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Breaking the cycle of recidivism

Institutional harms headingEach year, consultations with frontline Salvation Army services highlight major failures at the exit points of Victoria’s institutional systems. This year, our State Budget submission focuses on the plight of women exiting our prison system, who continue to pay a price well beyond the term of their sentence.

Between 2006 and 2016, the number of women in Victorian prisons went up by 75 per cent. Up to half of those women are on remand, that is, they have not been sentenced for a crime. As we've pointed out before, the growth in Victoria's prison system comes at a great cost to us all. There are, however, some proven ways to cut these costs and keep our community safe for everyone.

While rehabilitation is meant to be a core principle of our justice system, many women come out with the same vulnerabilities that they had when they first entered the system. For instance, almost six out seven women in Victorian prisons used illicit drugs. This suggests that drug treatment services should be a high priority for anyone concerned about crime.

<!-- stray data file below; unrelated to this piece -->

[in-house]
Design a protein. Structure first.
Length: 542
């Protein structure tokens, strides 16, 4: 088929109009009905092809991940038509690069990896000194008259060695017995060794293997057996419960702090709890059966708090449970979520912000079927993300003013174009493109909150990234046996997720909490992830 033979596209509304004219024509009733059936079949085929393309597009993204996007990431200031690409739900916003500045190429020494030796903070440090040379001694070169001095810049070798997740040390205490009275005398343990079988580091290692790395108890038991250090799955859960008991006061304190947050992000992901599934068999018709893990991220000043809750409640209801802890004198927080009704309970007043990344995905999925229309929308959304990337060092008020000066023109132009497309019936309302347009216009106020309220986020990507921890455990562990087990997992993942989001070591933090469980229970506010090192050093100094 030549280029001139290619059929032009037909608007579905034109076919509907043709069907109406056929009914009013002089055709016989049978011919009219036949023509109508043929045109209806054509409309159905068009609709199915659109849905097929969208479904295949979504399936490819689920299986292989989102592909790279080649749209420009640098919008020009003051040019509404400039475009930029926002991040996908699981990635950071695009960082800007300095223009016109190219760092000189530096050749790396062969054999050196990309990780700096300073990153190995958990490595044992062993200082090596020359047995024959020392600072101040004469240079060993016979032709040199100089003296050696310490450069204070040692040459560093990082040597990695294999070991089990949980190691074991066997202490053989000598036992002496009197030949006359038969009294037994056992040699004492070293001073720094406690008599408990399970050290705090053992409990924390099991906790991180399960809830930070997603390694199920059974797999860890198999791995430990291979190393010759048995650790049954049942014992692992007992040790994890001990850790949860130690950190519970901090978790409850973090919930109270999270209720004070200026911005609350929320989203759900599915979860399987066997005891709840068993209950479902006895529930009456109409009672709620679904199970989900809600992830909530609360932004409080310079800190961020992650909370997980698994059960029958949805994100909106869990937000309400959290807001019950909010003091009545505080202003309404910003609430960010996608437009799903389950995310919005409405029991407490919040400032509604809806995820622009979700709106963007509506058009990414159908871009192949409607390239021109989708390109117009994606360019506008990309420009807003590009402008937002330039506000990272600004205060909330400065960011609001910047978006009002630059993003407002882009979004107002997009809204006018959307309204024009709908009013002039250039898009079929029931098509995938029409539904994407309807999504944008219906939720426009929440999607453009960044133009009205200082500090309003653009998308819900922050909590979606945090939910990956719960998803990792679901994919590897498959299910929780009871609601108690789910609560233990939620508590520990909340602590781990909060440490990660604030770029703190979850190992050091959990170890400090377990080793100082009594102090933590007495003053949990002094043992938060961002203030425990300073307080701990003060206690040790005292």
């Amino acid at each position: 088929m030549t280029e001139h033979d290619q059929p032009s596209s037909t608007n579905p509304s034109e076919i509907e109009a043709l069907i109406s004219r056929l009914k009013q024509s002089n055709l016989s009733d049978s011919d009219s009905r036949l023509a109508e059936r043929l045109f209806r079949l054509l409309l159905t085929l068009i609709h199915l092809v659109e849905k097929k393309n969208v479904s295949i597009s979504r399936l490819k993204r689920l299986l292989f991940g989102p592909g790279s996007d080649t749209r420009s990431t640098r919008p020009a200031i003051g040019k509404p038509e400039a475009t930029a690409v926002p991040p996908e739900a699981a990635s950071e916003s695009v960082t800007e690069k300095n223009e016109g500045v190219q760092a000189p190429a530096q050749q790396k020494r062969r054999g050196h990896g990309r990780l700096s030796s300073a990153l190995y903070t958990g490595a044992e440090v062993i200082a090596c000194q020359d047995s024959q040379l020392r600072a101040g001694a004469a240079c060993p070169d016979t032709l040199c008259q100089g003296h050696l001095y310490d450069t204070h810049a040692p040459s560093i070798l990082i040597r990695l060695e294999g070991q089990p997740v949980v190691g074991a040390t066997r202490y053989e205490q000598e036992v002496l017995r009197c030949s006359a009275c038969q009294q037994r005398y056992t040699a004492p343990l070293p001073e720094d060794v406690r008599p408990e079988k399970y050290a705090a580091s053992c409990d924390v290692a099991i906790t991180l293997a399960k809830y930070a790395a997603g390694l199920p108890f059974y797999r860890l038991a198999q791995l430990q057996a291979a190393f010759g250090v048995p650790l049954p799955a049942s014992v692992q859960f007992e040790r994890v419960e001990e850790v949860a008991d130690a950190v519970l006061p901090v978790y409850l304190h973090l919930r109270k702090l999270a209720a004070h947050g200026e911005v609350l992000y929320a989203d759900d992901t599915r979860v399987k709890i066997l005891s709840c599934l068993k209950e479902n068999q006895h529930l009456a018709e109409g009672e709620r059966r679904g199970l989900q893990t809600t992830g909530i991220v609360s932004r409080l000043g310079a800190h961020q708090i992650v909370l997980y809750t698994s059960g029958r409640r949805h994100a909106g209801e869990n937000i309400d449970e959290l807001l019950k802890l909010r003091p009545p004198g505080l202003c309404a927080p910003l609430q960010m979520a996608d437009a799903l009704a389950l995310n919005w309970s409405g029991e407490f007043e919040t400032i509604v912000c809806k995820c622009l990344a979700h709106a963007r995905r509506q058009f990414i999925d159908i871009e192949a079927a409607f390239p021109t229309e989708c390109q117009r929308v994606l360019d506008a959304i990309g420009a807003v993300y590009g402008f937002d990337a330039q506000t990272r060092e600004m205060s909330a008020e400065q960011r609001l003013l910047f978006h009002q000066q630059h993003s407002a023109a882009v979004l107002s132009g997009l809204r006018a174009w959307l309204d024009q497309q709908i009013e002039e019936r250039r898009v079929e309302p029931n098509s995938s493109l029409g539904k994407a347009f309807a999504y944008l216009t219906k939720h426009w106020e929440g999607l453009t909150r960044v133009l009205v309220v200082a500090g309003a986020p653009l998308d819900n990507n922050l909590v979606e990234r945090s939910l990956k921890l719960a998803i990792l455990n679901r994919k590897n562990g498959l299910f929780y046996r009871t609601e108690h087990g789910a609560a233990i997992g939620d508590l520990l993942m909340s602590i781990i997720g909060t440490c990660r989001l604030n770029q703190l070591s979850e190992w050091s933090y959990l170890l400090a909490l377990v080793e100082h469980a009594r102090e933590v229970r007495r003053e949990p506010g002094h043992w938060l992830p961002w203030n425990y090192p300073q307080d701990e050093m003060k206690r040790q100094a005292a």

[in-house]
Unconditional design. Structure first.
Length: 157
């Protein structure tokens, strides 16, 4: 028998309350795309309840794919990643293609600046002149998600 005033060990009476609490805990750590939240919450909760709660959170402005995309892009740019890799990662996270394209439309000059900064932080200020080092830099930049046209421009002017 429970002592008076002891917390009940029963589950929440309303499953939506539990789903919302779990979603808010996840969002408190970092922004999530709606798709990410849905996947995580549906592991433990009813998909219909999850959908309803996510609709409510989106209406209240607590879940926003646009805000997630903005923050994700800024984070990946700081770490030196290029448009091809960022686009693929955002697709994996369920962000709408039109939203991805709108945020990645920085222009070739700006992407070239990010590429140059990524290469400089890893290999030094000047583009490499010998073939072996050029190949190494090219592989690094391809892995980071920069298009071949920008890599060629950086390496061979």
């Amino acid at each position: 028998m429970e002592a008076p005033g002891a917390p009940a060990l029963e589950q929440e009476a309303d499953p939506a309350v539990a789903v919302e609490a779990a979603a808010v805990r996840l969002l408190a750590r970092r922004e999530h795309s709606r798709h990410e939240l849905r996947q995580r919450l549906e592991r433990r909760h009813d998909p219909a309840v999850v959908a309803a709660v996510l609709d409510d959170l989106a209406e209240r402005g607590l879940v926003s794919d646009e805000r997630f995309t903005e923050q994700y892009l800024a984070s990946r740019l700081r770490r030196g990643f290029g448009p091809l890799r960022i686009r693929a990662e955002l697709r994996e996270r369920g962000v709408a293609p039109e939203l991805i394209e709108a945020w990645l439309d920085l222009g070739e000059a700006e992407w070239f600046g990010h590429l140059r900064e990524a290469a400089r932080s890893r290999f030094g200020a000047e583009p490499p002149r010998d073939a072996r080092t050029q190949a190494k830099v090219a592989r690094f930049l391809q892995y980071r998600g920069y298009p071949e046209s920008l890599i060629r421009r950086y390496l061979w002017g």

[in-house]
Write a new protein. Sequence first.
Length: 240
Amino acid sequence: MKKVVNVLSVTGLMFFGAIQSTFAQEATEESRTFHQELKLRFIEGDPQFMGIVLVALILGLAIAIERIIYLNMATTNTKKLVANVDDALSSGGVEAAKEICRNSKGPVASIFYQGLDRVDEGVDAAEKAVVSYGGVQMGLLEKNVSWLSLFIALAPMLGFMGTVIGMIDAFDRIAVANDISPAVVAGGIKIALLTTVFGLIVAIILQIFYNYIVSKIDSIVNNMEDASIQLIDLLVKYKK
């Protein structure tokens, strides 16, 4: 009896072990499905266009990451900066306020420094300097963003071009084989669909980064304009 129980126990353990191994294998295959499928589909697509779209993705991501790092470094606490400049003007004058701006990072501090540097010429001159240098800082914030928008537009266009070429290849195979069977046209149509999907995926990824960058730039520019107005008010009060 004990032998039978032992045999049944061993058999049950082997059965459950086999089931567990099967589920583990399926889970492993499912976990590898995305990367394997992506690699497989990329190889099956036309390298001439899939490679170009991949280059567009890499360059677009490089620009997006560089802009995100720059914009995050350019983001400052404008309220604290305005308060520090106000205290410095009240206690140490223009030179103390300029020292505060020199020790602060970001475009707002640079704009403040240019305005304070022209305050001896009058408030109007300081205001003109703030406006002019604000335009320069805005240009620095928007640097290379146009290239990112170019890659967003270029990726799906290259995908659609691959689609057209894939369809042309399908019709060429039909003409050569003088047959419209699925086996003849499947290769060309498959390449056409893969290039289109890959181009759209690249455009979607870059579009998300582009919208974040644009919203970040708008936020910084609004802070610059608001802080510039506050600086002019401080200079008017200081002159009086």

Unstable, unsafe housing, or homelessness, is the most significant factor affecting successful reintegration to family and community post-exit. Women who were homeless at any point after leaving prison were twice as likely to return. On the other hand, stable housing has been shown to be a significant protective factor against recidivism. That’s why we're asking the Victorian Government to provide more housing and rehabilitative support for women leaving prison.

For more detailed discussion about this issue, see The Salvation Army Victoria 2018-19 State Budget Submission.